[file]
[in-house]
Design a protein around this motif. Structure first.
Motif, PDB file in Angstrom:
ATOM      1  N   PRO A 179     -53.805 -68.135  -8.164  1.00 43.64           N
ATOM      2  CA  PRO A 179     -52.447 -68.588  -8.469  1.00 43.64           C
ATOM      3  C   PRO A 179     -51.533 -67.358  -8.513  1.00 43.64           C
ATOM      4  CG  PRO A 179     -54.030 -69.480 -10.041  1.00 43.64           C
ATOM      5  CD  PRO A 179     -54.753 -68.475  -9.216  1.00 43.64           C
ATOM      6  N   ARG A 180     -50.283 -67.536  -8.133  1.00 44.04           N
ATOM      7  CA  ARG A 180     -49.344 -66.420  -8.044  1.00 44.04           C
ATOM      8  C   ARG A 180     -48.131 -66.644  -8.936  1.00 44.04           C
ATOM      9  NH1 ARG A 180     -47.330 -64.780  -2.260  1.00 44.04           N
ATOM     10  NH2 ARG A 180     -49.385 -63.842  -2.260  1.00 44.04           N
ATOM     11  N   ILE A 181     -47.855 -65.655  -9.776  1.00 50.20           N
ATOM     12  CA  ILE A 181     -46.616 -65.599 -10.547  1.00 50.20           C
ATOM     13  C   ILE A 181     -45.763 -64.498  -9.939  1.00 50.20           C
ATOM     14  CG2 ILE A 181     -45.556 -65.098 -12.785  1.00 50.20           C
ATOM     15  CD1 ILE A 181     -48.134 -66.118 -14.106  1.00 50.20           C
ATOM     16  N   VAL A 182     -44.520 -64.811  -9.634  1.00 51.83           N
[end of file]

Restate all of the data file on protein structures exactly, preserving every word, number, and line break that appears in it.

[in-house]
Design a protein around this motif. Structure first.
Motif, PDB file in Angstrom:
ATOM      1  N   PRO A 179     -53.805 -68.135  -8.164  1.00 43.64           N
ATOM      2  CA  PRO A 179     -52.447 -68.588  -8.469  1.00 43.64           C
ATOM      3  C   PRO A 179     -51.533 -67.358  -8.513  1.00 43.64           C
ATOM      4  CG  PRO A 179     -54.030 -69.480 -10.041  1.00 43.64           C
ATOM      5  CD  PRO A 179     -54.753 -68.475  -9.216  1.00 43.64           C
ATOM      6  N   ARG A 180     -50.283 -67.536  -8.133  1.00 44.04           N
ATOM      7  CA  ARG A 180     -49.344 -66.420  -8.044  1.00 44.04           C
ATOM      8  C   ARG A 180     -48.131 -66.644  -8.936  1.00 44.04           C
ATOM      9  NH1 ARG A 180     -47.330 -64.780  -2.260  1.00 44.04           N
ATOM     10  NH2 ARG A 180     -49.385 -63.842  -2.260  1.00 44.04           N
ATOM     11  N   ILE A 181     -47.855 -65.655  -9.776  1.00 50.20           N
ATOM     12  CA  ILE A 181     -46.616 -65.599 -10.547  1.00 50.20           C
ATOM     13  C   ILE A 181     -45.763 -64.498  -9.939  1.00 50.20           C
ATOM     14  CG2 ILE A 181     -45.556 -65.098 -12.785  1.00 50.20           C
ATOM     15  CD1 ILE A 181     -48.134 -66.118 -14.106  1.00 50.20           C
ATOM     16  N   VAL A 182     -44.520 -64.811  -9.634  1.00 51.83           N